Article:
Baking powder also contains sodium bicarbonate, but the acidifying agent, cream of tartar is already present. Two types of baking powder are available for baking use – single-acting baking powder and double-acting baking powder. Single-acting baking powder is activated by moisture, and therefore must be baked immediately after combining. Double-acting baking powder releases the carbon dioxide in two stages. The first, when the ingredients are combined at room temperature; and the second, when it reacts to the hot heat of the oven. Essentially, mixtures with double-acting baking powder can stand out longer before baking.

So when do you use baking powder or baking soda?

It all comes down to taste and ingredients. Baking soda has a bitter taste, and needs to counteract with an acidic ingredient like buttermilk or yogurt – this is especially found in cookie recipes. Baking powder on the other hand has both a base AND an acid, and in effect has a neutral taste – this works best with ingredients with neutral-taste (like milk) in recipes such as cake and biscuits. Because the ingredients directly affect the chemical reaction, it is possible to use baking powder when the recipe calls for baking soda, but it is not beneficial to use baking soda when it calls for baking powder because the recipe most likely lacks the acidifying ingredient. It is possible to make your own baking powder with baking soda by adding cream and tartar.

Happy Baking!

Grilled Chicken and Broccoli Pesto Panini

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Today’s post comes from the inspiration of leftovers – whether you use grilled chicken, cured deli meats, shredded pork or leftover beef, leftover meat always makes a great sandwich when you throw in fresh and creative ingredients. In this panini, I used grilled skinless chicken, home-made broccoli and garlic pesto, sliced beefsteak tomato and mozzarella cheese on toasted rye bread.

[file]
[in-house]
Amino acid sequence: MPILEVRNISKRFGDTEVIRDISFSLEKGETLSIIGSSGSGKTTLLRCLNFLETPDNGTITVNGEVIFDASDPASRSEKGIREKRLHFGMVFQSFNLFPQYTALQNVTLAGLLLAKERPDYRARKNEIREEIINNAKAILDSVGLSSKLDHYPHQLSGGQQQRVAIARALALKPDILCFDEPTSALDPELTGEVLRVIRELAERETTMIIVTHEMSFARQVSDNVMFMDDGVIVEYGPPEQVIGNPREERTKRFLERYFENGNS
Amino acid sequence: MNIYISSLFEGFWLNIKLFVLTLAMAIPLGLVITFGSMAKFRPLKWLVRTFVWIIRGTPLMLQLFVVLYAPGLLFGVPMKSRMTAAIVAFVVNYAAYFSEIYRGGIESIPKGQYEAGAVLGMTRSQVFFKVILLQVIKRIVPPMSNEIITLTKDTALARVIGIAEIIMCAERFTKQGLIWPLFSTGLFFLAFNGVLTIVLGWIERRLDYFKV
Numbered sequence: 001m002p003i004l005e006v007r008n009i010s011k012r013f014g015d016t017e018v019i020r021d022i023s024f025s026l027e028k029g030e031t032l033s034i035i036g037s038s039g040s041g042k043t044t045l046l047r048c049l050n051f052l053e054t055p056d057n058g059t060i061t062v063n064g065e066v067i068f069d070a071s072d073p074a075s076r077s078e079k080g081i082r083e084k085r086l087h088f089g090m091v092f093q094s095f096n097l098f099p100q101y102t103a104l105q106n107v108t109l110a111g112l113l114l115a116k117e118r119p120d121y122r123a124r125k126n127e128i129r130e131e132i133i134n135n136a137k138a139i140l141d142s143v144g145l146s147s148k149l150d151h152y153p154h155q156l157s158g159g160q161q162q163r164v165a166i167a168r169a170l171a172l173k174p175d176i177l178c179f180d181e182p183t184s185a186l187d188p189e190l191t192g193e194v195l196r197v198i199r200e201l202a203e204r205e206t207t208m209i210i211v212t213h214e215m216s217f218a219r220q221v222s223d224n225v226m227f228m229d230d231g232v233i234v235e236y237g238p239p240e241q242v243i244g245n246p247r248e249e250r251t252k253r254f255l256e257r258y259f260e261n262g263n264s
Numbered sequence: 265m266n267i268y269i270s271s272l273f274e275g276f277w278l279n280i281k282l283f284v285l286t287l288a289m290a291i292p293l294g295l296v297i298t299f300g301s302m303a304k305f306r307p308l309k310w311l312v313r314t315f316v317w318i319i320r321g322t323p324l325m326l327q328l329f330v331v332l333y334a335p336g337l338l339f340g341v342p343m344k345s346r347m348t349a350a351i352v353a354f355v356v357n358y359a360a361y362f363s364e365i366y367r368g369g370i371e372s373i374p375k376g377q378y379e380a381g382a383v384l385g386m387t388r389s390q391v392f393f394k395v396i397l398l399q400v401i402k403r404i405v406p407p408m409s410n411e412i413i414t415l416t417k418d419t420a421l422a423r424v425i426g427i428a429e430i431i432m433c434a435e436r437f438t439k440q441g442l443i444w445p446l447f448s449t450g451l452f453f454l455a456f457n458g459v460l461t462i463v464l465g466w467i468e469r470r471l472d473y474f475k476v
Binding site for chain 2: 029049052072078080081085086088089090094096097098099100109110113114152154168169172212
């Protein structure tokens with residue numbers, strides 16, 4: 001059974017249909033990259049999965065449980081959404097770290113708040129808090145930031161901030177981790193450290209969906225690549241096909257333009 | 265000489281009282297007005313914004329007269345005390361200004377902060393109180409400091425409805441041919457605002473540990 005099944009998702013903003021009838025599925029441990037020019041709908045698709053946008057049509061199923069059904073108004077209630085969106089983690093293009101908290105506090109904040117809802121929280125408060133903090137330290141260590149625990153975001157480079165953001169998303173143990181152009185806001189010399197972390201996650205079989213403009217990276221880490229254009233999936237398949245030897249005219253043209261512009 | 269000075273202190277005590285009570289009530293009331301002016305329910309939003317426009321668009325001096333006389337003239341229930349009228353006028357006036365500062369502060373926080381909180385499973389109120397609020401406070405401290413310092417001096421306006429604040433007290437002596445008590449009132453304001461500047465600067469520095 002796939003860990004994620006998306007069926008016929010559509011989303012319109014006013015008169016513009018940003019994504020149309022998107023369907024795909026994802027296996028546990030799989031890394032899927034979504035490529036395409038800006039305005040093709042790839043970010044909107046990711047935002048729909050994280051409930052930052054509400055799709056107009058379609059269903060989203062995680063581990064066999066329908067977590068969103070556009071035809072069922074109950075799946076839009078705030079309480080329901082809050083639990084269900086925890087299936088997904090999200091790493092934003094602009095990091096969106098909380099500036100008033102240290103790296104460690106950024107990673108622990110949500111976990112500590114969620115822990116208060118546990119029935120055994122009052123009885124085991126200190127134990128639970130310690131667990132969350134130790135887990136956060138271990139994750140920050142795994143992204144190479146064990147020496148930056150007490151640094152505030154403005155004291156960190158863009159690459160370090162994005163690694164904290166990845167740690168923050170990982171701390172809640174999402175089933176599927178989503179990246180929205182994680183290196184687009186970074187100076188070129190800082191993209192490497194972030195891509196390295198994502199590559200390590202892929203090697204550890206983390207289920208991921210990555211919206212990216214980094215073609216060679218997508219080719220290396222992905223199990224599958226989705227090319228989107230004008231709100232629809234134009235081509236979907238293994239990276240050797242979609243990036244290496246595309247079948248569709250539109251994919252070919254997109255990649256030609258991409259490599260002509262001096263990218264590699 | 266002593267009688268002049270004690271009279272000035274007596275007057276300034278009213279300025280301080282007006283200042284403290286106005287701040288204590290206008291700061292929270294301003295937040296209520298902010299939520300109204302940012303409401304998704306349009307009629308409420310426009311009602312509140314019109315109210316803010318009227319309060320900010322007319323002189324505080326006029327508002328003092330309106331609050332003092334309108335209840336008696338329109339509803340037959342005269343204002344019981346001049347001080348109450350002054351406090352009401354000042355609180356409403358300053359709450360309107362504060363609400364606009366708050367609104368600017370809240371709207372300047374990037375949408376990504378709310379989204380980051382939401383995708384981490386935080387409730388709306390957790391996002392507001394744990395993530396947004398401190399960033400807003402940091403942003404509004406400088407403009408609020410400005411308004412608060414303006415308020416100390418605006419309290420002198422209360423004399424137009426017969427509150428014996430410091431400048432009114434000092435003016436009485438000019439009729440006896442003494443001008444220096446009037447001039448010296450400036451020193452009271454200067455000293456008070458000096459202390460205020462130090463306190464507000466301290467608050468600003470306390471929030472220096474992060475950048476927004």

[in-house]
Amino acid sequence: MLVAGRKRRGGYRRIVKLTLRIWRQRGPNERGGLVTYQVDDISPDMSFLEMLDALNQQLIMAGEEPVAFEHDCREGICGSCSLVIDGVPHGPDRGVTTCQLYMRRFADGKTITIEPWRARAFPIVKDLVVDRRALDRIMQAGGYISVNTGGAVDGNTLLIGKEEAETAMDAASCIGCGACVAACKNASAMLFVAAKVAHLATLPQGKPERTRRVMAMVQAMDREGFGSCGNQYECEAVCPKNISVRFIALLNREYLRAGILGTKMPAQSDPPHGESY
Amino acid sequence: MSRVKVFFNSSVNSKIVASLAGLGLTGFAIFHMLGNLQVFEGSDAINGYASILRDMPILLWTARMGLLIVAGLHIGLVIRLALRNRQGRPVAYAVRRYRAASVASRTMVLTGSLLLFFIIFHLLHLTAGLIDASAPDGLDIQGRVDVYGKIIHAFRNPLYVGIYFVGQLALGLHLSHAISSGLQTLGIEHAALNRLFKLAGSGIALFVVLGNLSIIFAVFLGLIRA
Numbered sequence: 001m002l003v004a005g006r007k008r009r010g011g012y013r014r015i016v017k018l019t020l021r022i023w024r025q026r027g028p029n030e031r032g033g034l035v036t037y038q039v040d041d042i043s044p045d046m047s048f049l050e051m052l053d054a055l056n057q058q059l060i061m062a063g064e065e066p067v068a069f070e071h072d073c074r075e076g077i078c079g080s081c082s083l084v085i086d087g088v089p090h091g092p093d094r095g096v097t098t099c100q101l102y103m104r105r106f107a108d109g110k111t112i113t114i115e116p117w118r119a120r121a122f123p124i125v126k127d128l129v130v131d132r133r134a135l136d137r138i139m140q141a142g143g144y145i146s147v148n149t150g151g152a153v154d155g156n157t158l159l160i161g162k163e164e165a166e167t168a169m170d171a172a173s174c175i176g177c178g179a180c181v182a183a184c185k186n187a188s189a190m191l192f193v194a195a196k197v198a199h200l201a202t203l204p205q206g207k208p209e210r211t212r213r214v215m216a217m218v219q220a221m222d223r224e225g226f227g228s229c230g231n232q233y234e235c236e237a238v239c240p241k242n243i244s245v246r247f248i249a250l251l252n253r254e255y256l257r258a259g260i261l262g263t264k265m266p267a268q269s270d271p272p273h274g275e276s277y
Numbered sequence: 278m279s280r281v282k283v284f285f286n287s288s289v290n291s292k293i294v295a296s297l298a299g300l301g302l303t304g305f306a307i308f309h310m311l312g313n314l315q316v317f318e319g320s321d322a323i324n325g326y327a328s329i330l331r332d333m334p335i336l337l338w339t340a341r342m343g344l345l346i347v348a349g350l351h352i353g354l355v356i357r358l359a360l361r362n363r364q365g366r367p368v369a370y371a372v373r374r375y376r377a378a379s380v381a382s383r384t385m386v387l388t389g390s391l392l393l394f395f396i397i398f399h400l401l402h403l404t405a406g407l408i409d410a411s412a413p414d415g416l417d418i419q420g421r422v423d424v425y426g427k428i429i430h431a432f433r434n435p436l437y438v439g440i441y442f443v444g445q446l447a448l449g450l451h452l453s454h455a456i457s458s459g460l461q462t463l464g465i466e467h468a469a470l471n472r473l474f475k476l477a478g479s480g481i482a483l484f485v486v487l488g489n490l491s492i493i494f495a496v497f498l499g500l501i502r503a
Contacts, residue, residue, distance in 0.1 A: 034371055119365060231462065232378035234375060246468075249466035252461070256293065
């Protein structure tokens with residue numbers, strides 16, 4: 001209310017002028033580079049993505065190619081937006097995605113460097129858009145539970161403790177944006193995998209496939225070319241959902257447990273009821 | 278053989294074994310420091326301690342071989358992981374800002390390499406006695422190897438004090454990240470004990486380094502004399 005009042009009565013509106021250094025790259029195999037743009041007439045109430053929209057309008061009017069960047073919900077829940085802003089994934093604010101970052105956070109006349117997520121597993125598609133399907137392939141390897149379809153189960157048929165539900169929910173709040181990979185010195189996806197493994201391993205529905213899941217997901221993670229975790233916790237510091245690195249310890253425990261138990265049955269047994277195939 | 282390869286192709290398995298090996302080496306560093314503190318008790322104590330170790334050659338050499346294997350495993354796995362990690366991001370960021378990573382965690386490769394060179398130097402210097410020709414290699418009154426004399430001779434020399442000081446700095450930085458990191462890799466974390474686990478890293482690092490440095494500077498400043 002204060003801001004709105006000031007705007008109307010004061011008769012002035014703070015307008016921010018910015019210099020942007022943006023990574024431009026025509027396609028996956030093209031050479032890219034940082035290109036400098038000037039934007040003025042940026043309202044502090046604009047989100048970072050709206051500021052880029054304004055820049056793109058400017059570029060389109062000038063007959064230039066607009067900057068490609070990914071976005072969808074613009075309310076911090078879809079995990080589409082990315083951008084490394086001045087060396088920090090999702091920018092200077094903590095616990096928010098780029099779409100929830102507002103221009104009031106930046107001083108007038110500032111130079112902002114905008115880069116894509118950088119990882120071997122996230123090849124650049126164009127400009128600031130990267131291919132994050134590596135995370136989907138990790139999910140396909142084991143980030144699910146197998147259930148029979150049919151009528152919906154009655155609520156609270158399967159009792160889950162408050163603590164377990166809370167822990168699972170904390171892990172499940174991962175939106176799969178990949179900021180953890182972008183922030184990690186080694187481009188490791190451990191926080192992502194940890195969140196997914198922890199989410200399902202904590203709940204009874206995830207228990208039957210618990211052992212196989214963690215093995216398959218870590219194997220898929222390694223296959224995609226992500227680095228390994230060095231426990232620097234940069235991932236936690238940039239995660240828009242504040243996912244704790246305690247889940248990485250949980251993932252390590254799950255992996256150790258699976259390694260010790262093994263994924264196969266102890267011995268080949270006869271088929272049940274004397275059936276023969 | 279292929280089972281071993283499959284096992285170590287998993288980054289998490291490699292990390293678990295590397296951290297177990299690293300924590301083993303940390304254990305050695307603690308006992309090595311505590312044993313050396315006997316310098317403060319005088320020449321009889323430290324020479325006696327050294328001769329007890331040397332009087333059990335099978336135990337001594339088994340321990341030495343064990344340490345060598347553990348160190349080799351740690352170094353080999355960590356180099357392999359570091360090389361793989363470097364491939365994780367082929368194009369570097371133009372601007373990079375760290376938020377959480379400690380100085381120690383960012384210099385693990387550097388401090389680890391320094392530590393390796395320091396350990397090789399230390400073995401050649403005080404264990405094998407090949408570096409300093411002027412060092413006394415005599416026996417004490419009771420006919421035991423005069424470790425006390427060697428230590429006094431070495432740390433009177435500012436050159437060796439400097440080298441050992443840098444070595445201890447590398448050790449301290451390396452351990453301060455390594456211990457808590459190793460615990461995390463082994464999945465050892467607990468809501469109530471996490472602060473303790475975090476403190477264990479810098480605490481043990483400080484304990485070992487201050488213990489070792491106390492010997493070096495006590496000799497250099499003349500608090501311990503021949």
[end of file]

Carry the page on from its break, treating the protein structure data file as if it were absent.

Grilled Chicken and Broccoli Pesto Panini

1 whole boneless chicken breast, grilled and shredded
6 slices beefsteak tomato (or any larger tomato)
1 fresh broccoli stock
3 cloves garlic
4 slices fresh mozzarella cheese
1/4 cup olive oil
pinch of salt
1 teaspoon chopped dill weed
salt and pepper to taste

Serves: 2

1. In a small saucepan, boil broccoli for 3 minutes – you want it slightly cooked, but still hard enough that the pesto won’t be mushy.
2. Drain, and in a food processor combine the broccoli, garlic, dill weed, and pinch of salt.
3. Blend on low, slowly adding in olive oil until all ingredients are combined into a spreadable texture.
4. On your rye bread, spread pesto on both sides and top each sandwich with 2 slices of mozzarella cheese, 3 slices of tomato, grilled chicken, and salt and pepper to your taste.
5. If you have a panini press, grilled for 3 minutes. If not, heat up sandwiches in a skillet on medium heat, and sit a large plate (or anything heavy) on top of the sandwich to weigh it down and give it some char.
6. Cut in half, and serve!

Happy Eating!

Tea For Two! Or Three.. Or Four..

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(image courtesy of annabellestearoom.com)

This week, I visited the cutest little tea room in Kingsville, Ontario with my girlfriends and was amazed at just how quaint and authentic it really was! Located on beautiful Lake Erie, owner Susanne wanted to create a space fashioned with delicate antiques and Victorian charm; tea cups with intricate color and detail sit upon rustic shelves to create the most gracious atmosphere; and brass fixtures are fastened to old, refinished fireplaces situated at the back of each cozy room.

jkp

But Annabelle’s old charm is not the only attribute that makes this place one of my favorite Eats. With a menu of over 95 different aromatic teas to chose from and an elegant dining menu fixed with scrumptious tea sandwiches, authentic quiches and soups, and delicate pastries served with the most delicious cream and fruit preserves, it was hard to choose what to try first! Sitting at the intimate table with my girlfriends gave me an authentic feel for the Victorian Era.

If you have a chance to visit the area, I would highly recommend Annabelle’s Tea House for a charming outing, baby shower, wedding shower, children’s birthday party, or just a lunch-date!

Visit the site here for more information and reservations!